After 10 Issues of OTMzine, it’s fair to say that we have met a lot of extremely talented people. In hopes of getting to know each of them a bit better, we have started our very first Guest Blog series. Every Wednesday, check out posts not only from those that we have featured and profiled in the past, but also from those who have helped behind the scenes: photographers, make-up artists, writers and the like. These posts will be a month long exploration of our guests’ relationship with Toronto in a cultural light and (almost) anything goes.
We’re all about creating creative experiences both online and around the city at OTMzine and this series hopes to be an extension of that. We want the series to be as much of an exploration of the city for the guest blogger as it will be for you, our readers, to learn more about them.
First up is the lovely and extremely talented Brooke Manning of LOOM. Read her first post below!
Reluctantly, I fled to Toronto with folded arms nine years ago. Previously discontent, holed up in a fusty dorm room attached to a celebrated university, I began feeling a remorseless sense of unrest feasting on my soul. My inner mental helix had me craving an experience, any experience, that wasn’t the path carved for me (by me) as a child. I longed to be a rousing escapist jumping head first into a new body of water.
In a simple manner, I had always contemplated my soul’s purpose within song. An ambiguously disguised introvert, I never wanted to exist in a busy city. My imagination had me convinced that Toronto was the land of the grinning. I could easily imagine a slew of slithering extroverts wrapping themselves around each other until a victor reigned; the weakest stifled and lost within the coil. I didn’t know how I could survive in such an environment but as a test to my will, with the natural chirp of a woolgathering chick, almost immediately I moved to a strange city of what of what I assumed was full of slurping serpents. Unfairly, I arrived with completely false preconceived notions. Perhaps unfairly, I arrived with secret expectations. I came to the city a mute, with the largest of sounds stored in my mouth. Uninterested in ‘finding my place’, I was hoping to find a place to house my diffident voice.
With a delicate touch, Toronto began unfolding my limbs, coaxing the arms of a once muted muse towards embrace. The city was patient with me. It taught me that even an alternate education at an equally eminent art school couldn’t seduce me and so, it quickly focused on introducing me to the city’s vibrant music community by leading me blindly through a laneway behind 129 Spadina. With charming experiences that could coax any stored sound to the surface, we began a comfortable courtship and I finally felt an ineffable desire to start performing more frequently.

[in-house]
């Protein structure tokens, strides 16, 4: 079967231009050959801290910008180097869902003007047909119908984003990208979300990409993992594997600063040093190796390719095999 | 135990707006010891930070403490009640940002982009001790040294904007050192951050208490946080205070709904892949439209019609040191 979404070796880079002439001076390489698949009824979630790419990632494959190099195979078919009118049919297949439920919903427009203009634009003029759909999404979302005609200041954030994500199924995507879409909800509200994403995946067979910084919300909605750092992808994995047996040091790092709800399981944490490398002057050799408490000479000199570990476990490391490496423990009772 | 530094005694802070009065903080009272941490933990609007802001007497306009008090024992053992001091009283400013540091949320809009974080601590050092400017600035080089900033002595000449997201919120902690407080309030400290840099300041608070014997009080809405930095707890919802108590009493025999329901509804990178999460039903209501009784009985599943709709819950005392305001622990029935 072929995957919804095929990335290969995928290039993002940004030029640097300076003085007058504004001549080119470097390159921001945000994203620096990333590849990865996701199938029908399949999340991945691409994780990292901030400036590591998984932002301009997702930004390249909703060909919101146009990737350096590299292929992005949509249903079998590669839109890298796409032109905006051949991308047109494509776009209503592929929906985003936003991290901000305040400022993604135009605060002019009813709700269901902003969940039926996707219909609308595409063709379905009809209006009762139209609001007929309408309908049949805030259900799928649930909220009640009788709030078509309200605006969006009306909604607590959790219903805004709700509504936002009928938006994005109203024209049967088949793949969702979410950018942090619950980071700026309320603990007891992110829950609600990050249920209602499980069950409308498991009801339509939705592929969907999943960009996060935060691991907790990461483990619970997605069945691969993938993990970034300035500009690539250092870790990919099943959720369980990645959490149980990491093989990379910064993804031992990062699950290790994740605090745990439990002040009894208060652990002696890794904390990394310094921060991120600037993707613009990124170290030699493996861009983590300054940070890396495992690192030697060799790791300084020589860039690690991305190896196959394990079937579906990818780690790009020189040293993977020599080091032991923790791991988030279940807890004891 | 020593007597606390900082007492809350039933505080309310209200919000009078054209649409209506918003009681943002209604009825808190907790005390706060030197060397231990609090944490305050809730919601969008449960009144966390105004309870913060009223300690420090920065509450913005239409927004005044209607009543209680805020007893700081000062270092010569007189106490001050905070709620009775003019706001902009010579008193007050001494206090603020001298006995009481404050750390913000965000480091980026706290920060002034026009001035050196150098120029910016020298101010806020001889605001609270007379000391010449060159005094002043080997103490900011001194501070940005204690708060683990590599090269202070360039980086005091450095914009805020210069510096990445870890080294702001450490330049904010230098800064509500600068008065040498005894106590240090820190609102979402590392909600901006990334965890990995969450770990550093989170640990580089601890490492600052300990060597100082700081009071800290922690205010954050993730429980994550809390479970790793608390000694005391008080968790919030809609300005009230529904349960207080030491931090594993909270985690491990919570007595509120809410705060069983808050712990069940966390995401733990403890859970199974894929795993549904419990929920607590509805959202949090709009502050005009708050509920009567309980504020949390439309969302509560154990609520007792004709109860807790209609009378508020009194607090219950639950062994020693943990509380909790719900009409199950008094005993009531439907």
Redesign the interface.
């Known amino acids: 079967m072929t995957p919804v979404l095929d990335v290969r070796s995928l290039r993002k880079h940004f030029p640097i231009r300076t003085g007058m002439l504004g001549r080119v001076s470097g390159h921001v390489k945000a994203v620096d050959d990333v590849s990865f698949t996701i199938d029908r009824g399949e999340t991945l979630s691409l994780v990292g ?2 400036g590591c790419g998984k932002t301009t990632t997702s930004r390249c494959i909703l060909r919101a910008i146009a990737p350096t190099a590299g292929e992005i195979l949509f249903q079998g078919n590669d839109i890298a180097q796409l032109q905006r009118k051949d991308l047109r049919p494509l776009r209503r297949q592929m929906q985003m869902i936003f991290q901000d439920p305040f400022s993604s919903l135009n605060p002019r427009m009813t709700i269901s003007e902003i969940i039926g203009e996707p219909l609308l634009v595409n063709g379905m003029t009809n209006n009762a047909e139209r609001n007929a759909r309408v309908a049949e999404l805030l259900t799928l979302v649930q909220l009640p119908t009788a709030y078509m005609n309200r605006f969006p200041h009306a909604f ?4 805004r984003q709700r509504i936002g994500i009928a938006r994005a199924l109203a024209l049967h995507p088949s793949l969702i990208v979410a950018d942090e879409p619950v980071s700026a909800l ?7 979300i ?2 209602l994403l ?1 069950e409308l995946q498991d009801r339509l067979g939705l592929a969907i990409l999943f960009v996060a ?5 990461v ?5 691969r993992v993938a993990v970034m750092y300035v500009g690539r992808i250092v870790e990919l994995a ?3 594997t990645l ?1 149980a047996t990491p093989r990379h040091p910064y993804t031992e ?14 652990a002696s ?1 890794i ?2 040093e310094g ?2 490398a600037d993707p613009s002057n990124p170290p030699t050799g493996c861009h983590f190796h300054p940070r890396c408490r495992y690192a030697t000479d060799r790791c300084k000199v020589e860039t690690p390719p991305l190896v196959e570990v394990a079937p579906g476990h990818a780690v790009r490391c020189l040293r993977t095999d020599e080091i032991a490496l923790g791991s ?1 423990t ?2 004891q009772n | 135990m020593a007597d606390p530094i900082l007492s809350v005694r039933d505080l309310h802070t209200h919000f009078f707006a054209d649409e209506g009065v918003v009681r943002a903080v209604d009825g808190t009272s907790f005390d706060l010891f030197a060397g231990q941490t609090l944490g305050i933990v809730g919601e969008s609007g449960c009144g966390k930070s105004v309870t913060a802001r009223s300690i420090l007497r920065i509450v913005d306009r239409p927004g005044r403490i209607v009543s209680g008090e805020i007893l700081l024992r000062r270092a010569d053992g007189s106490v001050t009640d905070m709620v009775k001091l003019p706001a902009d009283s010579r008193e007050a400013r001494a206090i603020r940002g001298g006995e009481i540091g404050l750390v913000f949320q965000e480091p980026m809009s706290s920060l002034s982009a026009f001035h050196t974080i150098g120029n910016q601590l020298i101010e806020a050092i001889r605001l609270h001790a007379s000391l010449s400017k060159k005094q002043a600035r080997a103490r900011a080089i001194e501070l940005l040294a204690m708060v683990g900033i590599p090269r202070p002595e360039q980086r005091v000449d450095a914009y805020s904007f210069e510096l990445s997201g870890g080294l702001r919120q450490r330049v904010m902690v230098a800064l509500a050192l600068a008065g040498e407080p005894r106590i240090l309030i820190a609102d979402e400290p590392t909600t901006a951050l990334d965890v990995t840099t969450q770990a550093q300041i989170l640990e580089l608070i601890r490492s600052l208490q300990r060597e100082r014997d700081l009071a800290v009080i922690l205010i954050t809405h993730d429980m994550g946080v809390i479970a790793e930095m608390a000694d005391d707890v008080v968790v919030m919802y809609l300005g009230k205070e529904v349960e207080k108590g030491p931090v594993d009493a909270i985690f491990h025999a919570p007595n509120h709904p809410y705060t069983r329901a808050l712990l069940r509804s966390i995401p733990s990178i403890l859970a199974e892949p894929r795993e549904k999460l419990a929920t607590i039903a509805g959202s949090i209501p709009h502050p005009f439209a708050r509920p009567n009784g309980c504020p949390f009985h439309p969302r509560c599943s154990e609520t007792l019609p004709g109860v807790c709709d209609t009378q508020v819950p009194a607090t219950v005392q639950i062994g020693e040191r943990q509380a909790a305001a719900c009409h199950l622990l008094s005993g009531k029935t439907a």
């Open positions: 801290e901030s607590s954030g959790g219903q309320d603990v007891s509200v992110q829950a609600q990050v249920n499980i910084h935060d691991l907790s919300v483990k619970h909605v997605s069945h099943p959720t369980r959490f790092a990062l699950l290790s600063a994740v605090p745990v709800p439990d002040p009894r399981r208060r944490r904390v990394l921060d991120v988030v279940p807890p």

I am incredibly grateful to Toronto, the city, the hive, though perhaps I should extend my gratitude to those that buzz within it. By coupling me with gentle, supportive creatives and delivering me working friendships in budding musicians the city helps foster, I finally feel as though my introversion is productively supported.
As with most relationships, it is natural to feel the waxing and waning of infatuation and love. As snakes shed their skins, I can easily shed my syncopation with Toronto. A silent yawning, void of delusional dreaming, I so often find myself un-zipping my adoration it. Even in broad daylight I find my mind romancing the idea of moving anywhere-but-here almost yearly. Luckily, the city sees this and slaps me in the face with a brand new mesmerizing experience that encourages me to stay put a little longer. It prompts me to sing with my eyes open, through the mouth of my soul, reminding me that the truest love never dies naturally; it merely fades because we take it for granted, forgetting how to replenish it’s source.